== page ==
Thursday, April 10, 2008

Winter in April

I have to admire the tenacity of this year's winter, hanging on and refusing to go away, seemingly addicted to the spotlight now. After 13 years in Teton Valley, I have a theory (high pressure, low pressure, El Nino and La Nina be dammed): there's a point where weather in the mountains simply feeds off itself.

If a winter is low on snow into January, the weather just never picks up the energy it needs to produce significant snowfall. Conversely, in years like this one, once a few good storms roll in during December and January it just builds and builds. Next thing you know it's nearly the middle of April, you're still driving in blizzards, and you still have three-feet of snow in your yard. Enough!

It's been a long winter for humans, and even longer for wildlife. On outings the past few weeks, I've seen more deer and elk carcasses than I care to remember. Most appear to have been dragged down by wolves and coyotes, frankly, but others have just succumbed to time and the elements. We're all ready for spring.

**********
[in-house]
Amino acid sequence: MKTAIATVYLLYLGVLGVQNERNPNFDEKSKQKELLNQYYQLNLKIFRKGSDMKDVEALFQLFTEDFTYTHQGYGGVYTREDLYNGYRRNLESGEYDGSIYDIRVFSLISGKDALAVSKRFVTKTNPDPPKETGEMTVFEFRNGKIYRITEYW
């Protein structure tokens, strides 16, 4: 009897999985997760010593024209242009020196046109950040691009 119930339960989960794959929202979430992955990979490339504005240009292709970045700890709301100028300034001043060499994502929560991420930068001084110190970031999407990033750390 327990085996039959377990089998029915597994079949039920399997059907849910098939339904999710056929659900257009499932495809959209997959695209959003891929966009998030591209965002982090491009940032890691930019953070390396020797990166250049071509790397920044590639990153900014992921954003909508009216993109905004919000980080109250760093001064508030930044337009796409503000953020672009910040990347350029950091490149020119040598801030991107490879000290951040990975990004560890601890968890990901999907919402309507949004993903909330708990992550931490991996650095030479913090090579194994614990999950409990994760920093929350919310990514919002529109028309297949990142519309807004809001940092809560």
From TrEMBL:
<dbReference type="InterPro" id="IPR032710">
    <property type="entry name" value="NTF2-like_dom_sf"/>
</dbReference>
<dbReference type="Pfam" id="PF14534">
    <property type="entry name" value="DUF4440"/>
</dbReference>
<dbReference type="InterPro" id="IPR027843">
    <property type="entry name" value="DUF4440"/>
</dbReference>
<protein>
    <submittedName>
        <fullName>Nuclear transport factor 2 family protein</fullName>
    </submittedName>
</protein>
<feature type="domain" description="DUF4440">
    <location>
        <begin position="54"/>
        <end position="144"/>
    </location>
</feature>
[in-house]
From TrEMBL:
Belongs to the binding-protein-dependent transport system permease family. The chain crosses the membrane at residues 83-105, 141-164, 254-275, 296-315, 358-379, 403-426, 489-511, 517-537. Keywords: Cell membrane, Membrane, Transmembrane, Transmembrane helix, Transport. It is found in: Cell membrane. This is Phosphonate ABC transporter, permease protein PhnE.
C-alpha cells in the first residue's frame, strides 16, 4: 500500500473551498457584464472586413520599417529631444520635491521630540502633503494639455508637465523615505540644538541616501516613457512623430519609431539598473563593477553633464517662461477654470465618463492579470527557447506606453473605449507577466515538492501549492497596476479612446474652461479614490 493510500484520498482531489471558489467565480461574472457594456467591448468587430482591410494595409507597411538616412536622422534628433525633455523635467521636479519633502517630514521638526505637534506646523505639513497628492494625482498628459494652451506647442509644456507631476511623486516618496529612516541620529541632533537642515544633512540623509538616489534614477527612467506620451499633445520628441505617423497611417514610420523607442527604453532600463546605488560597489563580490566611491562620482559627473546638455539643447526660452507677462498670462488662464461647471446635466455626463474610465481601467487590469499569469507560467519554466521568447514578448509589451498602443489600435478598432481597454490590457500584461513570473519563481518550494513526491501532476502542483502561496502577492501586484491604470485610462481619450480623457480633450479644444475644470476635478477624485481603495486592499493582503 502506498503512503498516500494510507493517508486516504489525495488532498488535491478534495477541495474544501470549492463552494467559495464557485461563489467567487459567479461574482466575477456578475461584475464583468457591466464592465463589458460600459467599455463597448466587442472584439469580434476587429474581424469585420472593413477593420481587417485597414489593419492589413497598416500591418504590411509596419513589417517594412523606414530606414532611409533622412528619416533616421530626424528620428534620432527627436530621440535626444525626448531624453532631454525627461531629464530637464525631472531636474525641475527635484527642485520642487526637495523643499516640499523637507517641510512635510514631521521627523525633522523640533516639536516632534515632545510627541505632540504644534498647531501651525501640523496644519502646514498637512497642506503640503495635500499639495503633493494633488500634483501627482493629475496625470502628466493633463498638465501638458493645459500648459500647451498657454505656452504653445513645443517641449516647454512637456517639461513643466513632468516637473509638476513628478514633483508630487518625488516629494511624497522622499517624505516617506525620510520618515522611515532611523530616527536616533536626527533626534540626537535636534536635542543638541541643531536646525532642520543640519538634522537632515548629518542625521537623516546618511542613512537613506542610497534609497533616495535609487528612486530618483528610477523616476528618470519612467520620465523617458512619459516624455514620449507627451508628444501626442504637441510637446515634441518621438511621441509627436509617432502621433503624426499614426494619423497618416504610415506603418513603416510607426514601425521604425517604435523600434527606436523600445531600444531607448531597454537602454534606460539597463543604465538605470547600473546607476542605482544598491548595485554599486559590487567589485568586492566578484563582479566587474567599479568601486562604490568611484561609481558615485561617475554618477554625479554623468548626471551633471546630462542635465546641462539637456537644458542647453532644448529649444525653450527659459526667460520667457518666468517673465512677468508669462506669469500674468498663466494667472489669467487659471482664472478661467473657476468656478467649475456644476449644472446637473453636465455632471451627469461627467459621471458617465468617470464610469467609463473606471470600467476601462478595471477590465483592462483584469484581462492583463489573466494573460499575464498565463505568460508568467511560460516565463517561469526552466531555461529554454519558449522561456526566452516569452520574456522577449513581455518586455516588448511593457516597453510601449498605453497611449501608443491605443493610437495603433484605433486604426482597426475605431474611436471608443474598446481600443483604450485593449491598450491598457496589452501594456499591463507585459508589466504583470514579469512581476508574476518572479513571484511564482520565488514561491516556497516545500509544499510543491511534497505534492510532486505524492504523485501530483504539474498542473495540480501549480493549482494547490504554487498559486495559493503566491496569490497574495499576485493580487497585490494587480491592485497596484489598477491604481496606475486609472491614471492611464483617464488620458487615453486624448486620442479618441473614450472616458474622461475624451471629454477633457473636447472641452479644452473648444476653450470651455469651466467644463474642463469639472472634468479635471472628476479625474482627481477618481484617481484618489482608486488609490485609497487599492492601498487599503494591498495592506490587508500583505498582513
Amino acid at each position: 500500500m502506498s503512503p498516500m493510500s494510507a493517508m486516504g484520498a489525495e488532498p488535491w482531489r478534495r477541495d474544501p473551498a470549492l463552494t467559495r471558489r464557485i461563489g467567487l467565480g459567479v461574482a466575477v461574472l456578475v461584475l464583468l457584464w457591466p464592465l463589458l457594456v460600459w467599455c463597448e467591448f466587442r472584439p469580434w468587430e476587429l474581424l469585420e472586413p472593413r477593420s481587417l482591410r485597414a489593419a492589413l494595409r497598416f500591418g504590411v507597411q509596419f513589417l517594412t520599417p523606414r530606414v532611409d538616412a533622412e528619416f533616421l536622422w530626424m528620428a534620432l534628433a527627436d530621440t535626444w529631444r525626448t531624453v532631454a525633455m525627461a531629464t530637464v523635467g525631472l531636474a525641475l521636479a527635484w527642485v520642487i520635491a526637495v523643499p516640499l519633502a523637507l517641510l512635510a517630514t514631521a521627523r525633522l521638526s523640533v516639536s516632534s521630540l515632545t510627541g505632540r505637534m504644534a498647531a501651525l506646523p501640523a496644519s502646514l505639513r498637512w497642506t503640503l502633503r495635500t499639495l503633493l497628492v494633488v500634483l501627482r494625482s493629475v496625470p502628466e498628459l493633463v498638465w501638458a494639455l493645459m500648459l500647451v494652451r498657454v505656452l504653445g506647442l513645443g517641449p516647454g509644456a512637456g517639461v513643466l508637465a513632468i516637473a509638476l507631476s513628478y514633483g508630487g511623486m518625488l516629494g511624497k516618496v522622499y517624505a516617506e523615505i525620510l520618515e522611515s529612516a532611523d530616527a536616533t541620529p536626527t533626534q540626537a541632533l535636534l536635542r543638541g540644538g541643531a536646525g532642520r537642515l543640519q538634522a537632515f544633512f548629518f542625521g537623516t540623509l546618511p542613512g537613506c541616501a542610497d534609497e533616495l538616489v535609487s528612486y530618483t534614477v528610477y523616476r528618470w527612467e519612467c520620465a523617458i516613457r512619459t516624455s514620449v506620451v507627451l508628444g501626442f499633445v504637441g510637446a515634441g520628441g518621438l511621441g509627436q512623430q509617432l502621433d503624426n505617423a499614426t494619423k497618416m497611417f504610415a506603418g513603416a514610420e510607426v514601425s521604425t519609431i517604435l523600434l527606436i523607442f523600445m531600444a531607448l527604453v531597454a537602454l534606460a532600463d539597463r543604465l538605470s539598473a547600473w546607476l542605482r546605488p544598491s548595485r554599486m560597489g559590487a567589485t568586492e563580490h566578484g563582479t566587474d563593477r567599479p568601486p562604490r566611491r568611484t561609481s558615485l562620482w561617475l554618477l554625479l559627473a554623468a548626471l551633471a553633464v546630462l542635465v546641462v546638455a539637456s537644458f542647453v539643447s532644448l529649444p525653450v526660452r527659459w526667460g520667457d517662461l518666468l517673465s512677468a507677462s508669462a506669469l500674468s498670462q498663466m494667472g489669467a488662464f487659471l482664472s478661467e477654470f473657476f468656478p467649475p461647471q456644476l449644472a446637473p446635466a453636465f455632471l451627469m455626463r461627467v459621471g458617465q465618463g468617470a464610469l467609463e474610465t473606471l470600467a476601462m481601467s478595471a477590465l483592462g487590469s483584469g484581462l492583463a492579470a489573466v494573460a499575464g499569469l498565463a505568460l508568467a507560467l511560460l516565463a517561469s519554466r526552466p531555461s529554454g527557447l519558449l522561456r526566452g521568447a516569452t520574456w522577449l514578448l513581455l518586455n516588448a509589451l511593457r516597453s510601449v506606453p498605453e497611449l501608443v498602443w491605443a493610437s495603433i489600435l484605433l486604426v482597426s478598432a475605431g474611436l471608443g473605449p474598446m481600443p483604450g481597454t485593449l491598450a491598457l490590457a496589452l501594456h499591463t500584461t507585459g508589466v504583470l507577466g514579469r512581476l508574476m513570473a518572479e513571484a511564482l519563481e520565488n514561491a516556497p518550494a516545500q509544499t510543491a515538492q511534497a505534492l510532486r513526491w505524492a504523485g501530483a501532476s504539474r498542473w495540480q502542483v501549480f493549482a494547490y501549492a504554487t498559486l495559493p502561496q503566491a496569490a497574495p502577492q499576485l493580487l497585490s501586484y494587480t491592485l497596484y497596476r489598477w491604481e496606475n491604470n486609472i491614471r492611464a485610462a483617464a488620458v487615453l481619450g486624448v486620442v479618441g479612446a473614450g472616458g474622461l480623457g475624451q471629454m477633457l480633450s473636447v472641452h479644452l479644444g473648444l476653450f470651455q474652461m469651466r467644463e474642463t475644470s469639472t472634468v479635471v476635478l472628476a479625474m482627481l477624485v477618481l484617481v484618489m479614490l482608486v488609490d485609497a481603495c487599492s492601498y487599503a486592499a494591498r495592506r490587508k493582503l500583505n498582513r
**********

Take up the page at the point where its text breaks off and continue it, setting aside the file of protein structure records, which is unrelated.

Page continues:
Another negative consequence to such an intense, long winter is the delayed planting of crops by local Teton Valley farmers. The growing season around here is dangerously short, even in normal years. Last year at this time, fields were all melted off and planting had begun. This year, we're still several weeks away from that, at best. If winter comes early next fall (no!), it will be a lost farming season.

When all else fails, just get out there and do something. We took Bridger on a good snow bike ride last Sunday, and the weather was almost nice at times. Oh yeah...Dad: Happy 70th!!

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